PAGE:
She'll face a recall petition if she gets a custodial sentence, and only when her appeal options are exhausted.
>> No. 94850 Anonymous
13th October 2021
Wednesday 8:49 pm
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>Some of the phone calls had their number withheld but some did not as Webbe had dialled "121" before Ms Merritt's number instead of "141", which withholds the caller's number.

What a fucking clown.

It'll be interesting to see how Labour fuck this up next. They should never have parachuted her in just because she was Corbyn's crony, particularly as the replacement for Keith Vaz after all the sordid shit he got up to. If there is a by-election I'm expecting Galloway to throw his hat into the ring.
>> No. 94866 Anonymous
17th October 2021
Sunday 4:06 pm
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Here is Jeremy Corbyn, the day after it was reported in court about the threats with acid and of releasing naked pictures, calling for solidarity with Claudia Webbe for what she's going through.

>> No. 94868 Anonymous
17th October 2021
Sunday 4:27 pm
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It's good to see him with his pal, Russell-Moyle. The same member who (allegedly) released the unredacted internal report into antisemitism in the Labour party containing the names and personal details of whistle-blowers. The same one who threatened to 'rout out' the Tories in his constituency, remarking that he knew where they live.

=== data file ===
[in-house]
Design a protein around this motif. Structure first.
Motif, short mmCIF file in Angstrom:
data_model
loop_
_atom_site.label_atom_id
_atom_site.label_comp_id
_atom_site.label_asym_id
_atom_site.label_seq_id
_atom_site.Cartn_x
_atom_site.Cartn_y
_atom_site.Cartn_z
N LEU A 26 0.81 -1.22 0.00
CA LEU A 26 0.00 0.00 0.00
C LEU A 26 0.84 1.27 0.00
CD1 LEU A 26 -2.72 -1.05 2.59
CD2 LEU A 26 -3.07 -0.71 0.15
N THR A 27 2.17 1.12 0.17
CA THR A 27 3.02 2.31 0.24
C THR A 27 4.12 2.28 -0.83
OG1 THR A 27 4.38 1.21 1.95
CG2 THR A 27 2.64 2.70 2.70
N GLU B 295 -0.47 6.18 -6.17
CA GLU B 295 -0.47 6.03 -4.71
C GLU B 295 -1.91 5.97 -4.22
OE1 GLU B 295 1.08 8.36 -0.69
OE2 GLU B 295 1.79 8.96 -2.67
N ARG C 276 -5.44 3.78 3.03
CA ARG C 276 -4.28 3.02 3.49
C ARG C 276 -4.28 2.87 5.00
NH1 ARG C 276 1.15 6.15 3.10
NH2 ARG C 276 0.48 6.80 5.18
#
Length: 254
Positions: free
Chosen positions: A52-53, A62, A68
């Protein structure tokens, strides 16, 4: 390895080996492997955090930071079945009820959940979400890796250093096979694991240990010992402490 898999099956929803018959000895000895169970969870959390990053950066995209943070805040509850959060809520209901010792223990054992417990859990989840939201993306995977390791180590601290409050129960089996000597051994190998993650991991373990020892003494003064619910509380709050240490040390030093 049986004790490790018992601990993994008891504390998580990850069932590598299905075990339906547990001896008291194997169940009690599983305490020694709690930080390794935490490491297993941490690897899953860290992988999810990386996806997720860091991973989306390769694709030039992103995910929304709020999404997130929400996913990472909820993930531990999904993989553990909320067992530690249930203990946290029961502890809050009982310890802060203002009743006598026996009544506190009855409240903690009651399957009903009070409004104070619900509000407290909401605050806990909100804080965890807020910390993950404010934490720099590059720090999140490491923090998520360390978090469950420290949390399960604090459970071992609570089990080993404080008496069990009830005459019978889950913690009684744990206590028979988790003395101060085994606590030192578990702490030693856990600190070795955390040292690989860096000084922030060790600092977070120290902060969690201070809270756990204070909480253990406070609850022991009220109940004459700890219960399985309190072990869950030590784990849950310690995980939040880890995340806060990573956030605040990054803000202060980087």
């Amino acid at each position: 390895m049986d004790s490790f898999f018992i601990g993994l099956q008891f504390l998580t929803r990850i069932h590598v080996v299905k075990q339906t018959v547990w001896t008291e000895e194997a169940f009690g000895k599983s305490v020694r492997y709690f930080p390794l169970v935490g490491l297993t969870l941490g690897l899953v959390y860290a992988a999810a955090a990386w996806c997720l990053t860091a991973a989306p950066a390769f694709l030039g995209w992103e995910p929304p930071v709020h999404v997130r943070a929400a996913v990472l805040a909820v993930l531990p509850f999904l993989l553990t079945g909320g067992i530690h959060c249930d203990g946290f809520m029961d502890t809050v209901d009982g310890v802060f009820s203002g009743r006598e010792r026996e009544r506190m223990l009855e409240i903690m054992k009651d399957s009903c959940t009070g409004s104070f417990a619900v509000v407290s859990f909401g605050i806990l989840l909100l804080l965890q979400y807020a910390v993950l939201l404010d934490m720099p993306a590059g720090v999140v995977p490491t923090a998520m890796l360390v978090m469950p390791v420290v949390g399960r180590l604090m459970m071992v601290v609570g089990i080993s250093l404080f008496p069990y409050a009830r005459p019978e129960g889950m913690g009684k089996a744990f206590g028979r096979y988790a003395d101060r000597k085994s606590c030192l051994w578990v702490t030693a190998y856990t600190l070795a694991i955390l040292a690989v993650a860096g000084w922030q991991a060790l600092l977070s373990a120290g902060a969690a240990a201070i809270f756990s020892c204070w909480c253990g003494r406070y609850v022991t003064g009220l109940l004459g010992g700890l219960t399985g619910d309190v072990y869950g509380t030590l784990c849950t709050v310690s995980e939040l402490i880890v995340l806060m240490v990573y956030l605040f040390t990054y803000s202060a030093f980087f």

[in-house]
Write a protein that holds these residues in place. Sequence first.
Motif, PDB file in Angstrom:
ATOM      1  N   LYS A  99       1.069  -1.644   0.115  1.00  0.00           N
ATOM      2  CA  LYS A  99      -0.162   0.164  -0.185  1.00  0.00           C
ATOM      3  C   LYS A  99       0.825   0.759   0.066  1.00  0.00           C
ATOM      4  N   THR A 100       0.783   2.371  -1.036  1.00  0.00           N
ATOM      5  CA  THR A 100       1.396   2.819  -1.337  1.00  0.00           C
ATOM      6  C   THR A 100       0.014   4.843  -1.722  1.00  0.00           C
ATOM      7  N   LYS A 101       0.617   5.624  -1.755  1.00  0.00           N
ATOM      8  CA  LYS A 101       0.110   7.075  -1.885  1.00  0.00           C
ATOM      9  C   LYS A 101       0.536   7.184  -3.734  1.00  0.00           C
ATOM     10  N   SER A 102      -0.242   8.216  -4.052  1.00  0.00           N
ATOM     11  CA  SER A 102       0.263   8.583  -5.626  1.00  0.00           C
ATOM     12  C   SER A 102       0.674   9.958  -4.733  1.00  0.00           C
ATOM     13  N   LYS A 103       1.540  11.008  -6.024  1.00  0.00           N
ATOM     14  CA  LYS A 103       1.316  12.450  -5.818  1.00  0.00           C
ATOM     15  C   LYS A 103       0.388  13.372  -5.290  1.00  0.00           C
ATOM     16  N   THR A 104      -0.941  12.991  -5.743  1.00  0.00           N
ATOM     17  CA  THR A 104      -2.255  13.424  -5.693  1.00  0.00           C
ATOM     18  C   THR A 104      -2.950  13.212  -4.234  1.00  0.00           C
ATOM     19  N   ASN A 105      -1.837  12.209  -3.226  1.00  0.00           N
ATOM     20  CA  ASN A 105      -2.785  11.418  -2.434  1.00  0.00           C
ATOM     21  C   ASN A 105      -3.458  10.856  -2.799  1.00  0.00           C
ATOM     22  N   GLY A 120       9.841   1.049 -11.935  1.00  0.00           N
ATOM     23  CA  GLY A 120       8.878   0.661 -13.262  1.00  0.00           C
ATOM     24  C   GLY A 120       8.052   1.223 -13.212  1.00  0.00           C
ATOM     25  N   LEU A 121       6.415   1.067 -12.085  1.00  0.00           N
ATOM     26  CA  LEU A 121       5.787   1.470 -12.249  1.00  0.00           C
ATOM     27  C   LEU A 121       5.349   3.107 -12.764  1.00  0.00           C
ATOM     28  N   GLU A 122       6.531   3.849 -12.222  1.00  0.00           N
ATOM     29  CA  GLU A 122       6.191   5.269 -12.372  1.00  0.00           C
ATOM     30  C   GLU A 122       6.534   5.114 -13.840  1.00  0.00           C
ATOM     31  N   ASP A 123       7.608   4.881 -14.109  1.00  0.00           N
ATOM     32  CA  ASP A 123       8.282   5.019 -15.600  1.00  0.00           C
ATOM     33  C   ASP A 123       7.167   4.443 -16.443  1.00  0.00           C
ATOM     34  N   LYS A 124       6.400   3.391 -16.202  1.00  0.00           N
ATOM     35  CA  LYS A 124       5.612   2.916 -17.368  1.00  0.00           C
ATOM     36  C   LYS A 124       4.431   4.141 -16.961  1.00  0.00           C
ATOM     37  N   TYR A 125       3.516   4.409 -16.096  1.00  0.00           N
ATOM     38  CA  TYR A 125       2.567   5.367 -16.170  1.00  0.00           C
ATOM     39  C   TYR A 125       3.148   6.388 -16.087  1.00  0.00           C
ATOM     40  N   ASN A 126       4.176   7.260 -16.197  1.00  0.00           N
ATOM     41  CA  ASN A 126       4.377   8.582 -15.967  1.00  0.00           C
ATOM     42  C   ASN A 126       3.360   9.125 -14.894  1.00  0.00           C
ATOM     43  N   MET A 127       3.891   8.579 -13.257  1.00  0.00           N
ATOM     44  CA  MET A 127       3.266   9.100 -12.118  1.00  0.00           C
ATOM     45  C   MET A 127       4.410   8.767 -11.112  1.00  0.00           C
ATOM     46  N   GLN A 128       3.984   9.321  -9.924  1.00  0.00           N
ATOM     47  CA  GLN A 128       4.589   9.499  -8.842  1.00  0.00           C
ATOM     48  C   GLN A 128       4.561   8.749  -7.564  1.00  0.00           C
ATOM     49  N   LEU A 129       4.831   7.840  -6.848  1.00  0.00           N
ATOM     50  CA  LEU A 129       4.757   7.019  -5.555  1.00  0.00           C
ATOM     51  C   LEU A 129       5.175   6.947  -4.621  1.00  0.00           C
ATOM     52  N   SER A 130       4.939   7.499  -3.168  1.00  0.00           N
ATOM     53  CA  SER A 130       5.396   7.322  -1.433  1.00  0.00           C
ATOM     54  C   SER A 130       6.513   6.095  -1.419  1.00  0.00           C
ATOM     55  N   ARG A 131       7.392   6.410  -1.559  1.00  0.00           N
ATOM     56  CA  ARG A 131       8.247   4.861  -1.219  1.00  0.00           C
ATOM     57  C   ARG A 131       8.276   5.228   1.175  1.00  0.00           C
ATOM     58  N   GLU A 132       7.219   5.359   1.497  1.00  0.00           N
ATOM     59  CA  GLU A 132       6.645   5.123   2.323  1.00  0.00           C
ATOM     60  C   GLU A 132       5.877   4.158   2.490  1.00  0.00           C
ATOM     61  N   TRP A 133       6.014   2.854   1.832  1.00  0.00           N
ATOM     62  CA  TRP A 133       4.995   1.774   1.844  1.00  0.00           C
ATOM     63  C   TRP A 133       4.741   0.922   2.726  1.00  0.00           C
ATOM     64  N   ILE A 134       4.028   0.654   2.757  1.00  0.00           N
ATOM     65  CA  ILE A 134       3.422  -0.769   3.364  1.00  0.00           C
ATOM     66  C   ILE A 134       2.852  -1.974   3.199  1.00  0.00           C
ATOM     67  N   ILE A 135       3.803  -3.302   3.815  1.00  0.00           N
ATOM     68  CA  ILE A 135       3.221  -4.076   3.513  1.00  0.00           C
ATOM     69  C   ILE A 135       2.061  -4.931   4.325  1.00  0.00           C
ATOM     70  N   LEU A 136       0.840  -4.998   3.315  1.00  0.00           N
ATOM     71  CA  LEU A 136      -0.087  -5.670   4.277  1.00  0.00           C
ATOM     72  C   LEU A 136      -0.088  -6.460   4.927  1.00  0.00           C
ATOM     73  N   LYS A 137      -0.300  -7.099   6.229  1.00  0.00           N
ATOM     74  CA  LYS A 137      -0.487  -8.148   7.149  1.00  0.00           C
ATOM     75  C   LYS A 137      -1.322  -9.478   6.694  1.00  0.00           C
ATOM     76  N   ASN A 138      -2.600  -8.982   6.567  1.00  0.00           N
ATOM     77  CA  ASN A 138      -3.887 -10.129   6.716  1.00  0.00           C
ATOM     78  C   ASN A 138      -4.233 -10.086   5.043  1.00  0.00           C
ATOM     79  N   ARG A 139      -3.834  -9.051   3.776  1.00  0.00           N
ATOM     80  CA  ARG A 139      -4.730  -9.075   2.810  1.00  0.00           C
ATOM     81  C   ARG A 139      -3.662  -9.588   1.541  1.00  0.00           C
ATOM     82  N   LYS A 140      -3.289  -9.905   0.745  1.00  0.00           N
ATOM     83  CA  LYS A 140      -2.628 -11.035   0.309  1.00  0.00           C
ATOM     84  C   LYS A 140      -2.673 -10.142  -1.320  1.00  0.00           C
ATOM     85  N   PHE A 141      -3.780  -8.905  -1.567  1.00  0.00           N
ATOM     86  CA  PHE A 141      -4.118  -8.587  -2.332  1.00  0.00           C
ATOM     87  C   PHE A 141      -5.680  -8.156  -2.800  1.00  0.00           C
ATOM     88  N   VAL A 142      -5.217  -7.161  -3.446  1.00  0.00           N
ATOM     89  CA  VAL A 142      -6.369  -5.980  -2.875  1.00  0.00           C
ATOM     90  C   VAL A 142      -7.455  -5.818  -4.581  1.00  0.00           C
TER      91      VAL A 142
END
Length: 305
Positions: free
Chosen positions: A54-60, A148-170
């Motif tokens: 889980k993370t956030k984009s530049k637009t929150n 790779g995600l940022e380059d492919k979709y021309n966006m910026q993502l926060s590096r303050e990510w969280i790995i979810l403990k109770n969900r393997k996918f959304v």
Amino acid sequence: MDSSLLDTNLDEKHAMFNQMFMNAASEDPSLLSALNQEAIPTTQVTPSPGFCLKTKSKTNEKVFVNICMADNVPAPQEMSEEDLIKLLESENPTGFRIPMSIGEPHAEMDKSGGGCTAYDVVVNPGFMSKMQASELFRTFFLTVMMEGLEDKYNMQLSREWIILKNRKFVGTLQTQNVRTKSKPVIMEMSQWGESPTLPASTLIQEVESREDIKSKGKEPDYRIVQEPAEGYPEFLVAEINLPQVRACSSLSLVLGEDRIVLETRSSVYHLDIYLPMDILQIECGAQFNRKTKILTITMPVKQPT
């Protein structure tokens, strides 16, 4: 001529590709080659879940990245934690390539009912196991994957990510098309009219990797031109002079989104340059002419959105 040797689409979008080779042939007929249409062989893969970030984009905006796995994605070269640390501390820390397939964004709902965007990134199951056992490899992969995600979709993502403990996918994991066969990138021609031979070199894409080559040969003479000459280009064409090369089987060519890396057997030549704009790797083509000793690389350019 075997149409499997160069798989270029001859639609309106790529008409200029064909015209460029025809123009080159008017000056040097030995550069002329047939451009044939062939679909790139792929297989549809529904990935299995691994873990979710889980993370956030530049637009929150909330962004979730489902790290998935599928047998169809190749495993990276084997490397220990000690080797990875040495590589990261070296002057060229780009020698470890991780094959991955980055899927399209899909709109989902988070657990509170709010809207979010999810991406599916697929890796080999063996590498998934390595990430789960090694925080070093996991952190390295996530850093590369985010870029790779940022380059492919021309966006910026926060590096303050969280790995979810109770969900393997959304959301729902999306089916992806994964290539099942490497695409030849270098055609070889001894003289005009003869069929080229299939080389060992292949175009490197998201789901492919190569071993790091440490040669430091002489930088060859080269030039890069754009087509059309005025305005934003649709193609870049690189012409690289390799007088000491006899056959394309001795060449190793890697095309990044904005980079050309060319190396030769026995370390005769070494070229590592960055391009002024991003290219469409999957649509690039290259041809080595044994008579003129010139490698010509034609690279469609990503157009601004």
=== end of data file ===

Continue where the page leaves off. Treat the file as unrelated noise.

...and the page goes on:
>> No. 94925 Anonymous
24th October 2021
Sunday 10:08 am
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Webbe was present at a Labour photo-call on Friday against fire and rehire practices. It's interesting to see which politicians have been cropped out when MPs have posted this on social media; some have used the full picture, some have cropped it so Corbyn isn't in the frame but Webbe is and others have cut both of them out.
>> No. 94926 Anonymous
24th October 2021
Sunday 10:23 am
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>It's interesting to see which politicians have been cropped out when MPs have posted this
Is it though? Is it really?
>> No. 94927 Anonymous
24th October 2021
Sunday 10:46 am
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Webbe of lies.jpg
Yes. Although I've no idea why they let a nutcase like Webbe attend in the first place, nevermind letting her stand in a fairly prominent position.
>> No. 94928 Anonymous
24th October 2021
Sunday 10:59 am
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Yeah, I suppose. I really don't understand that her being there. MPs are too polite to tell her to sod off? That makes the most sense, if there's something Labour are lacking it's earnest bastards. Earnest wimps and disingenous bastards, but nothing in-between. And who brought their bloody dog to work? I hate this. And now I'm not even thinking about what a villainous practice fire and rehire is, damn it all.
>> No. 94929 Anonymous
24th October 2021